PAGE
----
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  • I was late to join the church I had attended with my family throughout my childhood. I refused to attend the confirmation classes when I was the appropriate age. I even stopped going to church entirely for about a decade. I couldn't see how I could have anything in common with the members of this old congregation. But shortly after my partner and I got together we began joining my parents on Sunday mornings. I was pleasantly surprised at the reception we received.

    This was a fairly conservative crowd in a small Ohio town. They did not judge us. They did not shun us. What they did do was welcome us, embrace us during the greeting portion of the service, and express the wish that we return regularly.

    We did.

    This was my father's church. He had attended services there since he was a child. I was the only one of his children not a member. But he was patient. He and my mother allowed me the chance to be my own person and to make my own decisions about my faith. A couple of years before dad died, I became an official, on-the-books member of the church. I don't like to think about the regret I must have felt had he died without seeing my confirmation.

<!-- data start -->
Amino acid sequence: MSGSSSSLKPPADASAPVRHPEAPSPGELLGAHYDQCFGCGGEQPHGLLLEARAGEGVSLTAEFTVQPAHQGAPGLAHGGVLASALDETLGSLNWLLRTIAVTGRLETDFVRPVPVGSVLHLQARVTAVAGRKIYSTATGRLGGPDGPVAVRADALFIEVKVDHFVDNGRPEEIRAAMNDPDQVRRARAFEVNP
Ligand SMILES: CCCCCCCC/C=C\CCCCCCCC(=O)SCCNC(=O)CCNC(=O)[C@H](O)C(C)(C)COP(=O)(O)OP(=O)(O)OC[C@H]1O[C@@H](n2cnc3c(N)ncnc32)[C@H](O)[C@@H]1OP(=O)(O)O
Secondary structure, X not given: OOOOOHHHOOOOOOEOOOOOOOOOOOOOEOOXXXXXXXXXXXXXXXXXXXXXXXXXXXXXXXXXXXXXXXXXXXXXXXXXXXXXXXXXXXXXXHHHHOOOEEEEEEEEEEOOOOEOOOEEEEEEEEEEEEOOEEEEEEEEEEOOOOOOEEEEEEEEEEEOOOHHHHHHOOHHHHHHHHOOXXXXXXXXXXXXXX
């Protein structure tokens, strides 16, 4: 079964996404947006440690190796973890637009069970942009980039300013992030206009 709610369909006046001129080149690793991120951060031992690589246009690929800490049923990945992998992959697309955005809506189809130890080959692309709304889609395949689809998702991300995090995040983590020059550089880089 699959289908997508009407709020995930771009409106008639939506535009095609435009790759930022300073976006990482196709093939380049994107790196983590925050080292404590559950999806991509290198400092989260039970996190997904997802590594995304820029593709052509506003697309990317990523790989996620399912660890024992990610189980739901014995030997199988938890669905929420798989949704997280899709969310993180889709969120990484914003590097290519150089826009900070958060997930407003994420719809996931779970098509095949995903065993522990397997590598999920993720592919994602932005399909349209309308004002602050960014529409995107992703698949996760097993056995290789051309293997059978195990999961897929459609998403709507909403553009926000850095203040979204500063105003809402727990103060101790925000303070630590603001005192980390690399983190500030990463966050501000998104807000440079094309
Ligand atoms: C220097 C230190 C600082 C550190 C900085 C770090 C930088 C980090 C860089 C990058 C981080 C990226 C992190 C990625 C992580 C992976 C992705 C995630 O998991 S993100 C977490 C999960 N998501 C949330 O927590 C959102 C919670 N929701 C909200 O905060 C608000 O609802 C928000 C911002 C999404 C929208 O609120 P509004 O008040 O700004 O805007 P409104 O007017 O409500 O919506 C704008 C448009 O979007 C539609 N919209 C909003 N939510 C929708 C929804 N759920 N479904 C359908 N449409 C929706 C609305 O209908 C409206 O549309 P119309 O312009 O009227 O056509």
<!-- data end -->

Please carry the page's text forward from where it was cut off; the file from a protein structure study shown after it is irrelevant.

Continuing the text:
My church (as I can call it that), was built 100 years ago. It has a ceramic tile roof that leaks, and beautiful stained glass windows that paint the interior with a kaleidoscope of sunlight. Those windows are what got me into the art of stained glass. One of my proudest moments was when I presented a window to the church. It is now part of the architecture of that inspirational building. That building with the leaky roof.

    We are not a rich congregation, but the roof needs to be replaced. There are several fundraisers scheduled over then next year, all with a goal of putting a new covering on the centennial building. One of the events is a craft sale. Artists will buy a table, the cost going to the roof fund. I'm selling glass pendants. I will donate any money I take in to the fund. My pendants are like my church, my congregation.

    Pot melt is a process of throwing scraps of different glass into a flower pot, suspending the pot inside a kiln, and firing the kiln up high. At a sufficient temperature, and allowing enough time, the different glasses melt together and pour out the bottom of the pot. They join in a beautiful swirling of random colors. Each pot melt piece is different, but each is more beautiful than the separate pieces that went into its makeup.

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